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dc.contributor.authorSánchez López, María Teresa
dc.contributor.authorFernández-Berrocal, Pablo 
dc.contributor.authorGómez-Leal, Raquel
dc.contributor.authorGutiérrez-Cobo, María José 
dc.contributor.authorCabello-González, Rosario 
dc.contributor.authorMegías-Robles, Alberto
dc.date.accessioned2024-05-15T12:04:41Z
dc.date.available2024-05-15T12:04:41Z
dc.date.issued2024
dc.identifier.urihttps://hdl.handle.net/10630/31292
dc.description.abstractIntroduction: risky sexual relationships, reckless driving or initiating drug use are examples of health-related risk behaviours that are often related to poor emotional abilities (emotional identification, emotional understanding, facilitating thought and emotional regulation). However, the mechanisms by which this relationship operates have been relatively little studied. It is well known that certain personality traits such as impulsivity and sensitivity to reward are strongly related to risk-taking behaviour. Objectives: the aim of this work was to explore the role of these two traits in the relationship between each of the different abilities/ branches of emotional intelligence and health risk behaviour, as well as to identify the emotional ability that best predicts this relationship. Methods: a community sample of 250 participants (Mage = 23.60; 72% women) was used to measure levels of emotional intelligence in each of its branches (through the performance-based ability test MSCEIT), and levels of health risk behaviour, impulsivity and sensitivity to reward. Results: the results supported the existence of a negative relationship between the four emotional abilities and health risk-taking. Mediation analyses that included all four MSCEIT branches as predictors revealed an indirect effect of the “managing” branch on risk-taking, being the most important branch in predicting health-related risk-taking, due to its effects through impulsivity and sensitivity to reward. Conclusions: our results suggest that a strong negative relationship exists between emotional management ability and health risk-taking, highlighting that the emotional components of impulsivity and levels of sensitivity to reward have been shown to be among the mediating factors underlying this relationship. Further experimental research is needed to confirm the role of emotional intelligence, and in particular emotional management, as a protective factor for risk-taking behaviour.es_ES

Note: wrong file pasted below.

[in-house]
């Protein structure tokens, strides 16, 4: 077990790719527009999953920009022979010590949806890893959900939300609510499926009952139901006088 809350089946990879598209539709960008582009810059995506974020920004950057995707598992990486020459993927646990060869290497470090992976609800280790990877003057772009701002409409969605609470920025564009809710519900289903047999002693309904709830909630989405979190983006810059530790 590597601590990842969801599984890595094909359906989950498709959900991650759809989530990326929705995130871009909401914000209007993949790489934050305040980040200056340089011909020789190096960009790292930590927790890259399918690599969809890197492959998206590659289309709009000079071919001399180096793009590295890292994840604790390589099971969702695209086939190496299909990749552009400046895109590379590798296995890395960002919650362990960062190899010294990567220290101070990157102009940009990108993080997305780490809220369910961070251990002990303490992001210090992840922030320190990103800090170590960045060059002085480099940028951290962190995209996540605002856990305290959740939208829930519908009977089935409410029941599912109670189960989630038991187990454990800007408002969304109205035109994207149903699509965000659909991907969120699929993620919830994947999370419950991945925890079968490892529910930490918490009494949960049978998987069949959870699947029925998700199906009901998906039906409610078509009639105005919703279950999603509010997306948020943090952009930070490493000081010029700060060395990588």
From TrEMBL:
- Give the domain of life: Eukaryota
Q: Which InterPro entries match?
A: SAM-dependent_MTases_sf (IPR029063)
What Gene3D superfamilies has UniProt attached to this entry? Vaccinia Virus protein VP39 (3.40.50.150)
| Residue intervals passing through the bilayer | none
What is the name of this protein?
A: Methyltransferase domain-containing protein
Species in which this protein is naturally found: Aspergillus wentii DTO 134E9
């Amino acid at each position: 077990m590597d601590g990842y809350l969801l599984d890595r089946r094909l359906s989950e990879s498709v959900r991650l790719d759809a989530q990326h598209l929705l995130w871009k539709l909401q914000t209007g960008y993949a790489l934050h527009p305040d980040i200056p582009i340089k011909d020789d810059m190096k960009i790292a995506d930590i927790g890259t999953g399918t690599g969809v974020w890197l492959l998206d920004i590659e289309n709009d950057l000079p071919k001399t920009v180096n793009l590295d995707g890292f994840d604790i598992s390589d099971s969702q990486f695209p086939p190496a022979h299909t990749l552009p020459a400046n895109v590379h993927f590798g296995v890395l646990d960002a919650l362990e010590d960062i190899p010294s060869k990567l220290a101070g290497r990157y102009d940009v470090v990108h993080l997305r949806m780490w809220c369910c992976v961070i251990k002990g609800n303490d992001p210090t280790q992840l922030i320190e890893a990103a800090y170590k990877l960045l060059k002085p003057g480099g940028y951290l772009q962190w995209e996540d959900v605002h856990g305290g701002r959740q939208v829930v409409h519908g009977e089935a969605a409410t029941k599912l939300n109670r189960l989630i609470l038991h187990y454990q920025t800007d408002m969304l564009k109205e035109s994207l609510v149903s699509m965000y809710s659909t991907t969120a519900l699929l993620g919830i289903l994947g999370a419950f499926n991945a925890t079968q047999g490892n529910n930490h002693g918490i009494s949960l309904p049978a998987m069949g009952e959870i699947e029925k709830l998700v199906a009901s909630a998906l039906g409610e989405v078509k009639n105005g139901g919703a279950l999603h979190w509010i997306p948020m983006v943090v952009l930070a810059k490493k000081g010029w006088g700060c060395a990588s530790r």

dc.description.sponsorshipUniversidad de Málaga. Campus de Excelencia Internacional Andalucía Tech.es_ES
dc.language.isoenges_ES
dc.rightsinfo:eu-repo/semantics/openAccesses_ES
dc.subjectInteligencia emocionales_ES
dc.subjectPulsioneses_ES
dc.subjectSensibilidad (Psicología)es_ES
dc.subject.otherEmotional intelligencees_ES
dc.subject.otherHealth risk behavioures_ES
dc.subject.otherImpulsivityes_ES
dc.subject.otherSensitivity to rewardes_ES
dc.titleThe four abilities of emotional intelligence as predictors of health risk behaviour: what role do impulsivity and sensitivity to reward play in this relationship?es_ES
dc.typeinfo:eu-repo/semantics/conferenceObjectes_ES
dc.centroFacultad de Psicología y Logopediaes_ES
dc.relation.eventtitle32nd European Congress of Psychiatry (EPA 2024)es_ES
dc.relation.eventplaceBudapest (Hungría)es_ES
dc.relation.eventdate06/04/2024 al 09/04/2024.es_ES


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